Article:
As we customarily do, we used Hotwire to find a hotel room.  We've figured out that we can secure a room, at a 4/5 star hotel for a fraction of the cost of their usual rate.  We just don't always know what hotel we will end up at.  

The Commons turned out to be a real treat.  Even though we arrived late, crashed and had to leave first thing the next morning, I managed a few shots of some of the cool features I loved.










We arrived home Wednesday night.  By Thursday, I was so tired I couldn't muster enough energy to get out of bed.  

Today, here I am, one day before my son's 13th Birthday- two days before Mother's Day and 3 days before my other son's 11th Birthday, and I have nothing ready.

So I am going into the sun-filled day, embracing all that awaits as we plan our next few fun-infused days and praying for energy enough to see me through!  















Monday, May 6, 2013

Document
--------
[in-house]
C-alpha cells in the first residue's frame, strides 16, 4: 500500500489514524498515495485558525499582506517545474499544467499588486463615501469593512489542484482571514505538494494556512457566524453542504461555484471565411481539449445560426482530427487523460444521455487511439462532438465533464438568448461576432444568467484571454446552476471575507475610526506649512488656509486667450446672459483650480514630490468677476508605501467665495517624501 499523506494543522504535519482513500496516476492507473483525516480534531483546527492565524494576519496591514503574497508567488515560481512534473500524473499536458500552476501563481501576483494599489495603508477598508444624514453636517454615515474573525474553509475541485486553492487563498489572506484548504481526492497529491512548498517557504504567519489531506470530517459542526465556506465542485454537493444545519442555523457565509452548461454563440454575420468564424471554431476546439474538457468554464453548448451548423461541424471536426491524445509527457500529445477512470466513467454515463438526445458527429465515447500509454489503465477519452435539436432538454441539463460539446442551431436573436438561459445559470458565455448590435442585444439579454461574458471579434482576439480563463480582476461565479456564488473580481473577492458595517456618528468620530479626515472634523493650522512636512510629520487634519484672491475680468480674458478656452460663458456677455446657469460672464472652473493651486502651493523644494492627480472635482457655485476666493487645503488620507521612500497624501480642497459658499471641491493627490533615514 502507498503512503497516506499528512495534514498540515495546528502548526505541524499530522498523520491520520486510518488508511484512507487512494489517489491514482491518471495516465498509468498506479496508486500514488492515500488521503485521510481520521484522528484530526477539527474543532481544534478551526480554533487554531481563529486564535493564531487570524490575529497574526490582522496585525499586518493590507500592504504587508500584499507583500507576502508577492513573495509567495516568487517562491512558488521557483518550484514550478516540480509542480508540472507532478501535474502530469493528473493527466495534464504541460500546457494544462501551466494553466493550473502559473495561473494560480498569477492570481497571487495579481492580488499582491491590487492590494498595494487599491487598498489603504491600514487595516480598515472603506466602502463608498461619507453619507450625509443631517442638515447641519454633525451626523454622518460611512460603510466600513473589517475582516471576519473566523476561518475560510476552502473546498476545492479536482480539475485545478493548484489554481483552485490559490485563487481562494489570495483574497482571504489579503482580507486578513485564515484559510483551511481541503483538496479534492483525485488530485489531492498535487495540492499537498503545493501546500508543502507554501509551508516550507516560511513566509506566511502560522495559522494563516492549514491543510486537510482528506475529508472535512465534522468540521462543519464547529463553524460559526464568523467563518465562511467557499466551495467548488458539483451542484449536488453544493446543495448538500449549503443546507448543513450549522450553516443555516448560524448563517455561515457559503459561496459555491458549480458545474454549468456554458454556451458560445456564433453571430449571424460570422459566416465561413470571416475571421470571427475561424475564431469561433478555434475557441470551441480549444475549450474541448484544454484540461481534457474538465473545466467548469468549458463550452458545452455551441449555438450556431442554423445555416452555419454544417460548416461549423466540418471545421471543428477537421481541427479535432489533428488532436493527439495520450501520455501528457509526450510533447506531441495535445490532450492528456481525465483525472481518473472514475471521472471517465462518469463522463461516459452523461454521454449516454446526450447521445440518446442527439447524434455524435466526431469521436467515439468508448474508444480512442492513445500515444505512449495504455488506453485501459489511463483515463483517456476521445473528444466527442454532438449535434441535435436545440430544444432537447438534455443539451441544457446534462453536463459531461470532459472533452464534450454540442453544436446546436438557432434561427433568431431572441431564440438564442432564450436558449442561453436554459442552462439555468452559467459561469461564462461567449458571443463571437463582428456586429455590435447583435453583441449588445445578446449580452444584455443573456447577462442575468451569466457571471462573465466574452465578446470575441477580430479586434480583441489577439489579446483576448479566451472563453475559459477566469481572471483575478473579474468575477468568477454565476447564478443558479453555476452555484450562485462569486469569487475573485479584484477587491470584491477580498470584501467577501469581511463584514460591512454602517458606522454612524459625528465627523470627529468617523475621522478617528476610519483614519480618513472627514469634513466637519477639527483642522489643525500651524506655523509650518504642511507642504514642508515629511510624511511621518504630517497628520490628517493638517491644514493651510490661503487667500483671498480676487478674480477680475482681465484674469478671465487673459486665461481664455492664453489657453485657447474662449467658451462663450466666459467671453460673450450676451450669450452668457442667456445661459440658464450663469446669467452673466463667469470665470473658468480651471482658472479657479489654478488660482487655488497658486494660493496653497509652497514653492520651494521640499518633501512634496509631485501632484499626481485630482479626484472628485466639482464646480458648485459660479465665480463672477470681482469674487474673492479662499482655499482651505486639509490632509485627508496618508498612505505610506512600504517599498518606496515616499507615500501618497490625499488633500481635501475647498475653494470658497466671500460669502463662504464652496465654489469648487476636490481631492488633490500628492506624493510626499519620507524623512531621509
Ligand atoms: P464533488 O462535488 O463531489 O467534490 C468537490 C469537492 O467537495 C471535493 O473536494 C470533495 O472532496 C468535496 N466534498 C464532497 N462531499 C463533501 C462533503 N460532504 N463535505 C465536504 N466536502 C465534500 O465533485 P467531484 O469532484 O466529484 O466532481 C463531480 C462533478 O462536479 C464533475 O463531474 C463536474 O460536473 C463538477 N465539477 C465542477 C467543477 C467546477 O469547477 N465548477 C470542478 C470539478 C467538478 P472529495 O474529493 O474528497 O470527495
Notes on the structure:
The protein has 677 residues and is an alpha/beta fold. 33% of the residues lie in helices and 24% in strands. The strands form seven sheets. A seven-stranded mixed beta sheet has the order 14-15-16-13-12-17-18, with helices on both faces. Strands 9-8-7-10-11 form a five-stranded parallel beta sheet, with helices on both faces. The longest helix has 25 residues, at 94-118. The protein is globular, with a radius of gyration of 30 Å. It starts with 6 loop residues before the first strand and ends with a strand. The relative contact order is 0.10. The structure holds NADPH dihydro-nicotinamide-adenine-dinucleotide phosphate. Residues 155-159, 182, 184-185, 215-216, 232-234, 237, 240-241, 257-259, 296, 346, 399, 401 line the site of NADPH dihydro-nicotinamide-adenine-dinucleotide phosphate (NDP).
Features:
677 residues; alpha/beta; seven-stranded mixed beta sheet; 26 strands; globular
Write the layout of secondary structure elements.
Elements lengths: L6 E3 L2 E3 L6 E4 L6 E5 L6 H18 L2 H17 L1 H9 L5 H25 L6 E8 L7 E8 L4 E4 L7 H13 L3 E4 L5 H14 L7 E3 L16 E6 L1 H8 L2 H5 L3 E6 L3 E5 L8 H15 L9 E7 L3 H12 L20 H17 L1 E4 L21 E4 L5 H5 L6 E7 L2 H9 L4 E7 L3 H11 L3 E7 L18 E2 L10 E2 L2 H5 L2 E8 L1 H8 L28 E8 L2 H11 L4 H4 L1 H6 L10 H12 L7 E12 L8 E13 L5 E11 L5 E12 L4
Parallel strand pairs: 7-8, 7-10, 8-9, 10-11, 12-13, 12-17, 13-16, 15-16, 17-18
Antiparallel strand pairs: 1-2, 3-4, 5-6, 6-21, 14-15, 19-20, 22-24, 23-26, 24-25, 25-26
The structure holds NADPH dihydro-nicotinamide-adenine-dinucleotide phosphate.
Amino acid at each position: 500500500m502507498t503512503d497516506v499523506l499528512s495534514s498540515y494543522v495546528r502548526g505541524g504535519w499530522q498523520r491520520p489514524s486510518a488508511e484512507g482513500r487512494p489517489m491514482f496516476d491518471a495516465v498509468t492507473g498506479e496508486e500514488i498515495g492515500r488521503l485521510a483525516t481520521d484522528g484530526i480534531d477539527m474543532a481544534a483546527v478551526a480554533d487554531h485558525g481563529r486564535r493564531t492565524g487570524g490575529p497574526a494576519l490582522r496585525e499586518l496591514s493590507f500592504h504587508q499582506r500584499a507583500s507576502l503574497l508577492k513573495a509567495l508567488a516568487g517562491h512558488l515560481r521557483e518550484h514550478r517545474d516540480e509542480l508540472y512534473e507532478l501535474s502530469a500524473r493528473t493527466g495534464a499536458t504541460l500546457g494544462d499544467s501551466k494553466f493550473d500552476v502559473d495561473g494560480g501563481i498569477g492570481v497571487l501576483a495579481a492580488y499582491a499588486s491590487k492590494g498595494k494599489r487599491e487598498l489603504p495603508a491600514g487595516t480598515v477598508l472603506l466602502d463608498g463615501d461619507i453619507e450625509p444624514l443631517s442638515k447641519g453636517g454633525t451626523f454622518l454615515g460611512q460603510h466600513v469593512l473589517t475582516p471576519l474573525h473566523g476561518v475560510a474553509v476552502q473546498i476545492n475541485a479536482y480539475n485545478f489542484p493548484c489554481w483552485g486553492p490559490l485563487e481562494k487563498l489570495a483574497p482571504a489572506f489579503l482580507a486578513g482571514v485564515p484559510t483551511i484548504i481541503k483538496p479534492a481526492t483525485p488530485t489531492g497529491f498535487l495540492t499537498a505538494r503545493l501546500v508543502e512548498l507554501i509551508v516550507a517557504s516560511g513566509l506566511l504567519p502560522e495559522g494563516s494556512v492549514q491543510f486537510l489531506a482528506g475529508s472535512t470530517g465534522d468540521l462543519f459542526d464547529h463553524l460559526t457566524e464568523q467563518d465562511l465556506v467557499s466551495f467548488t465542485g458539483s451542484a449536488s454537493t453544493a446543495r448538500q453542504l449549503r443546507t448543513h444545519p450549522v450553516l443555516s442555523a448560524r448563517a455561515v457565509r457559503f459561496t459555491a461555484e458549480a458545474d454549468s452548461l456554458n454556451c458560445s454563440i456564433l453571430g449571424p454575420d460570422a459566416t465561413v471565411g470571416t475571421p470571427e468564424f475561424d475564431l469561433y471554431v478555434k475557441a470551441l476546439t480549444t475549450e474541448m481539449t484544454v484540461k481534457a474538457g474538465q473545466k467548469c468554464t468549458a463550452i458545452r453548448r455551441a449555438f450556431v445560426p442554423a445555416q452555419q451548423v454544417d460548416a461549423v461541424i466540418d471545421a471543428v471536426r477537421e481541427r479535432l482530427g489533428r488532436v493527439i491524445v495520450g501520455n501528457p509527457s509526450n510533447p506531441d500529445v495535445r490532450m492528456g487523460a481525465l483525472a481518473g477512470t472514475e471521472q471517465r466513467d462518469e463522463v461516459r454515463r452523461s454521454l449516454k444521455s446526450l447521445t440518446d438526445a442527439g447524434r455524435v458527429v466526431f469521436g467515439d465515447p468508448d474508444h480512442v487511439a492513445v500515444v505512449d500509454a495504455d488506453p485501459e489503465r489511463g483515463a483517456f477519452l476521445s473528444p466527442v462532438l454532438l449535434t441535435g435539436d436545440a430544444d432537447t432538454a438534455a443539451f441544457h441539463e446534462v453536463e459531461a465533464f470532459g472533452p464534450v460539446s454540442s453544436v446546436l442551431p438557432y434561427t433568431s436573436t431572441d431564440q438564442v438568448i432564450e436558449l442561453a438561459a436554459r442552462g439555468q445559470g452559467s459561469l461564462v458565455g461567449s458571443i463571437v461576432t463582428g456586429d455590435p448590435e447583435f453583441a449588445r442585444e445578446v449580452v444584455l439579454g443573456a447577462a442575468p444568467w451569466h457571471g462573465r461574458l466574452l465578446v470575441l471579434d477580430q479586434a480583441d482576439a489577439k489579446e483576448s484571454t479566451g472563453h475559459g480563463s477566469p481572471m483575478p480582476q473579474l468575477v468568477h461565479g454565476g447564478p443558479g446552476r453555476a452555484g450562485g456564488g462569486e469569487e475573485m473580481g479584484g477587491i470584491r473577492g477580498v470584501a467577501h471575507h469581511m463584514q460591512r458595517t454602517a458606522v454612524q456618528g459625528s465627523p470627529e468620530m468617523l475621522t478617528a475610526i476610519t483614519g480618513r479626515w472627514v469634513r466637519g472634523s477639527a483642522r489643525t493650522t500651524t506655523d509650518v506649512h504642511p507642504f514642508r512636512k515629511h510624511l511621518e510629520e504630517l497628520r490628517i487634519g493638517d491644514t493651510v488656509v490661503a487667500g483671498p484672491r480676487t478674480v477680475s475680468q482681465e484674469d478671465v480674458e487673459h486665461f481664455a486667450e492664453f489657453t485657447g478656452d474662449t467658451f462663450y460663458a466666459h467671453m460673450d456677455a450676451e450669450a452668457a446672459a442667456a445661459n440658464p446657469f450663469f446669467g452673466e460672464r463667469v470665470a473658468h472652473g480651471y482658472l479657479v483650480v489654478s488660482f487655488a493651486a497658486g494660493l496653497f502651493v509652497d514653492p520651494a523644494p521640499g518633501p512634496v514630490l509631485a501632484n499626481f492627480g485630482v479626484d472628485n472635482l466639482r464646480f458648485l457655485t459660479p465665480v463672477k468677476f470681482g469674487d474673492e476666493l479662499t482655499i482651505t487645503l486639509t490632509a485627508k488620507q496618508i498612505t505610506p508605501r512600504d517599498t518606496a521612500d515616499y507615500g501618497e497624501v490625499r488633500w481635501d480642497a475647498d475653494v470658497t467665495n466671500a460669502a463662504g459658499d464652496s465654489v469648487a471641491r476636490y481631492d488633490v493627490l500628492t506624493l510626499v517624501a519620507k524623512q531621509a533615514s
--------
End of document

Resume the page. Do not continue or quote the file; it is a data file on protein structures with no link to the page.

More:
life begins...



Clearly, I went way outside of mine, on Saturday.  Writing is one thing, but speaking to a large group of women?  A little daunting. 



But my mother, with her sister Carol on the left and her sister Marlene on the right, were there to help ground me and center me  as I shared my faith story.




As usual, my brain was running on the slow side... my beautiful cousin Pam also came and offered to shoot most of these lovely photos you see.  I, however, was not quick enough to turn the camera around on her- so let me just say how I honored I was to have her and the rest of my family show up.  



The theme for the women's brunch was blessed assurance.  The room was decorated in a springy and colorful way that shed some light on all the gray and cold outside.







Aimee, on the left was diagnosed last fall and shared about how she felt so covered in prayer and how that helped her through.  She shared witty stories of her journey and how a new normal is settling in.  And the young woman, Kylee, in the middle is just 16 years old.  When she was just 3 weeks old she was diagnosed with a rare form of cancer.  Its propelled her into thinking she will go into medicine and wants to live a life of service.  She is planning a relay for life event on Saturday, May 11th at Moorhead High School.  



The beautiful plant we each received for speaking.